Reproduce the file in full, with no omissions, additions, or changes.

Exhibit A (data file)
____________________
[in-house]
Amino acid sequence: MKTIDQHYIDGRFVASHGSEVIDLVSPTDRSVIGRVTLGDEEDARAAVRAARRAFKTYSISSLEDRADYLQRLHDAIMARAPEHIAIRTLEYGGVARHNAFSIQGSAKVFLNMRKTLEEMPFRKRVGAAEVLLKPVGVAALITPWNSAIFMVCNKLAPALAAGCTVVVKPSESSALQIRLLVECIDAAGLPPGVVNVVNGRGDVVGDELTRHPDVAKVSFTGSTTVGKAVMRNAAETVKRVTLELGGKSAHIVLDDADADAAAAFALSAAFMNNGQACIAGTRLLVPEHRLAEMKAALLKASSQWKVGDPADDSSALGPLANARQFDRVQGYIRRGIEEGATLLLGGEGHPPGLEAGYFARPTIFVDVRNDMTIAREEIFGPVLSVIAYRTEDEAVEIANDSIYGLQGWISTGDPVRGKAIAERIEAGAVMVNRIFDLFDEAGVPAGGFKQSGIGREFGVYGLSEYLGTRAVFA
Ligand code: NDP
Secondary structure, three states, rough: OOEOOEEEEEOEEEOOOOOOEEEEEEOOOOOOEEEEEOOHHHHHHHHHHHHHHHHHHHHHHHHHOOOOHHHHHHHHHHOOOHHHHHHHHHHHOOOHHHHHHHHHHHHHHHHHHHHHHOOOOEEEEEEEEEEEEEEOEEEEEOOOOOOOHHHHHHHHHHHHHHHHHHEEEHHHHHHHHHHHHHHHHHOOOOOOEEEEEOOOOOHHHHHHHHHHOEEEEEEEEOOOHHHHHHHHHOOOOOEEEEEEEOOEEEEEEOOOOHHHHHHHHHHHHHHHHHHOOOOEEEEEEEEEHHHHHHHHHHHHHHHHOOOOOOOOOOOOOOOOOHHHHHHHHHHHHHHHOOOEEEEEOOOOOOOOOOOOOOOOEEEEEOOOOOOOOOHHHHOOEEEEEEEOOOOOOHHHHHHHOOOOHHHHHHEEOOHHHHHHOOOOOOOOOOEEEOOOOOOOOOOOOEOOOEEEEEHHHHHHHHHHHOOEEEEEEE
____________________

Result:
[in-house]
Amino acid sequence: MKTIDQHYIDGRFVASHGSEVIDLVSPTDRSVIGRVTLGDEEDARAAVRAARRAFKTYSISSLEDRADYLQRLHDAIMARAPEHIAIRTLEYGGVARHNAFSIQGSAKVFLNMRKTLEEMPFRKRVGAAEVLLKPVGVAALITPWNSAIFMVCNKLAPALAAGCTVVVKPSESSALQIRLLVECIDAAGLPPGVVNVVNGRGDVVGDELTRHPDVAKVSFTGSTTVGKAVMRNAAETVKRVTLELGGKSAHIVLDDADADAAAAFALSAAFMNNGQACIAGTRLLVPEHRLAEMKAALLKASSQWKVGDPADDSSALGPLANARQFDRVQGYIRRGIEEGATLLLGGEGHPPGLEAGYFARPTIFVDVRNDMTIAREEIFGPVLSVIAYRTEDEAVEIANDSIYGLQGWISTGDPVRGKAIAERIEAGAVMVNRIFDLFDEAGVPAGGFKQSGIGREFGVYGLSEYLGTRAVFA
Ligand code: NDP
Secondary structure, three states, rough: OOEOOEEEEEOEEEOOOOOOEEEEEEOOOOOOEEEEEOOHHHHHHHHHHHHHHHHHHHHHHHHHOOOOHHHHHHHHHHOOOHHHHHHHHHHHOOOHHHHHHHHHHHHHHHHHHHHHHOOOOEEEEEEEEEEEEEEOEEEEEOOOOOOOHHHHHHHHHHHHHHHHHHEEEHHHHHHHHHHHHHHHHHOOOOOOEEEEEOOOOOHHHHHHHHHHOEEEEEEEEOOOHHHHHHHHHOOOOOEEEEEEEOOEEEEEEOOOOHHHHHHHHHHHHHHHHHHOOOOEEEEEEEEEHHHHHHHHHHHHHHHHOOOOOOOOOOOOOOOOOHHHHHHHHHHHHHHHOOOEEEEEOOOOOOOOOOOOOOOOEEEEEOOOOOOOOOHHHHOOEEEEEEEOOOOOOHHHHHHHOOOOHHHHHHEEOOHHHHHHOOOOOOOOOOEEEOOOOOOOOOOOOEOOOEEEEEHHHHHHHHHHHOOEEEEEEE